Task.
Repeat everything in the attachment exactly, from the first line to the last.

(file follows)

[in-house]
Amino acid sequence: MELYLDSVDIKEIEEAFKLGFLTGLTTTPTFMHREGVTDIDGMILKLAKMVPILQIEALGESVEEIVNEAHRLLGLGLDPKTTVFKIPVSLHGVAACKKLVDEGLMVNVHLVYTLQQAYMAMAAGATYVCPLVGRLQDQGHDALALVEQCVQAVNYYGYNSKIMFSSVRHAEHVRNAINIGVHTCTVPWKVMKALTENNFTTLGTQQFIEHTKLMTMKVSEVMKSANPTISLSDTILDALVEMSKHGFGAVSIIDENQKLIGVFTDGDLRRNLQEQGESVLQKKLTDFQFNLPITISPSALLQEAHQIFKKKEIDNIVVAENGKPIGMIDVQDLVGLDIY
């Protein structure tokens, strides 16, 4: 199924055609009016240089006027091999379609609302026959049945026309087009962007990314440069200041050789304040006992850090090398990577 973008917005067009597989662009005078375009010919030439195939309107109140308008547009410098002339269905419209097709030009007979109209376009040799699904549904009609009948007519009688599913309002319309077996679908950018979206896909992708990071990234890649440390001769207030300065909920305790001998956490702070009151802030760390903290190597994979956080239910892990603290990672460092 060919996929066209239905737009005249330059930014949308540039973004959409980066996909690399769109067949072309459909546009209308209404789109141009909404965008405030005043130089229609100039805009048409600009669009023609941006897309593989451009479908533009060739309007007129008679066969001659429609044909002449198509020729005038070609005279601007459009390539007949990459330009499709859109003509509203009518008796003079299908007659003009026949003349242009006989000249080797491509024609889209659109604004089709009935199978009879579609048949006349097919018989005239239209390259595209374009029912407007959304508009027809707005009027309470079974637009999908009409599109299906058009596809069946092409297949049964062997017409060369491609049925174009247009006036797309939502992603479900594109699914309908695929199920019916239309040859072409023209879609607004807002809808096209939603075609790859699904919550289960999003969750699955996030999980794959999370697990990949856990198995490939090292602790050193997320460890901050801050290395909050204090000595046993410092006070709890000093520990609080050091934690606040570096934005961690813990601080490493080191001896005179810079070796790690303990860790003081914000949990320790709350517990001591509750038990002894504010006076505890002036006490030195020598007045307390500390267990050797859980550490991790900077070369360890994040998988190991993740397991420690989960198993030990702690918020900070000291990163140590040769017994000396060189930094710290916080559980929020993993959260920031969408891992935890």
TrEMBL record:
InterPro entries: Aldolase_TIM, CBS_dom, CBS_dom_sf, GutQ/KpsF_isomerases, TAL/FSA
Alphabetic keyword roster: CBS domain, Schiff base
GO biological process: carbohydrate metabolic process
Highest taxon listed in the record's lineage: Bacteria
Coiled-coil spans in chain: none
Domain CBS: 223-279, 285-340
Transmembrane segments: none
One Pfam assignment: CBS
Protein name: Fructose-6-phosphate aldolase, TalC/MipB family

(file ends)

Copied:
[in-house]
Amino acid sequence: MELYLDSVDIKEIEEAFKLGFLTGLTTTPTFMHREGVTDIDGMILKLAKMVPILQIEALGESVEEIVNEAHRLLGLGLDPKTTVFKIPVSLHGVAACKKLVDEGLMVNVHLVYTLQQAYMAMAAGATYVCPLVGRLQDQGHDALALVEQCVQAVNYYGYNSKIMFSSVRHAEHVRNAINIGVHTCTVPWKVMKALTENNFTTLGTQQFIEHTKLMTMKVSEVMKSANPTISLSDTILDALVEMSKHGFGAVSIIDENQKLIGVFTDGDLRRNLQEQGESVLQKKLTDFQFNLPITISPSALLQEAHQIFKKKEIDNIVVAENGKPIGMIDVQDLVGLDIY
């Protein structure tokens, strides 16, 4: 199924055609009016240089006027091999379609609302026959049945026309087009962007990314440069200041050789304040006992850090090398990577 973008917005067009597989662009005078375009010919030439195939309107109140308008547009410098002339269905419209097709030009007979109209376009040799699904549904009609009948007519009688599913309002319309077996679908950018979206896909992708990071990234890649440390001769207030300065909920305790001998956490702070009151802030760390903290190597994979956080239910892990603290990672460092 060919996929066209239905737009005249330059930014949308540039973004959409980066996909690399769109067949072309459909546009209308209404789109141009909404965008405030005043130089229609100039805009048409600009669009023609941006897309593989451009479908533009060739309007007129008679066969001659429609044909002449198509020729005038070609005279601007459009390539007949990459330009499709859109003509509203009518008796003079299908007659003009026949003349242009006989000249080797491509024609889209659109604004089709009935199978009879579609048949006349097919018989005239239209390259595209374009029912407007959304508009027809707005009027309470079974637009999908009409599109299906058009596809069946092409297949049964062997017409060369491609049925174009247009006036797309939502992603479900594109699914309908695929199920019916239309040859072409023209879609607004807002809808096209939603075609790859699904919550289960999003969750699955996030999980794959999370697990990949856990198995490939090292602790050193997320460890901050801050290395909050204090000595046993410092006070709890000093520990609080050091934690606040570096934005961690813990601080490493080191001896005179810079070796790690303990860790003081914000949990320790709350517990001591509750038990002894504010006076505890002036006490030195020598007045307390500390267990050797859980550490991790900077070369360890994040998988190991993740397991420690989960198993030990702690918020900070000291990163140590040769017994000396060189930094710290916080559980929020993993959260920031969408891992935890």
TrEMBL record:
InterPro entries: Aldolase_TIM, CBS_dom, CBS_dom_sf, GutQ/KpsF_isomerases, TAL/FSA
Alphabetic keyword roster: CBS domain, Schiff base
GO biological process: carbohydrate metabolic process
Highest taxon listed in the record's lineage: Bacteria
Coiled-coil spans in chain: none
Domain CBS: 223-279, 285-340
Transmembrane segments: none
One Pfam assignment: CBS
Protein name: Fructose-6-phosphate aldolase, TalC/MipB family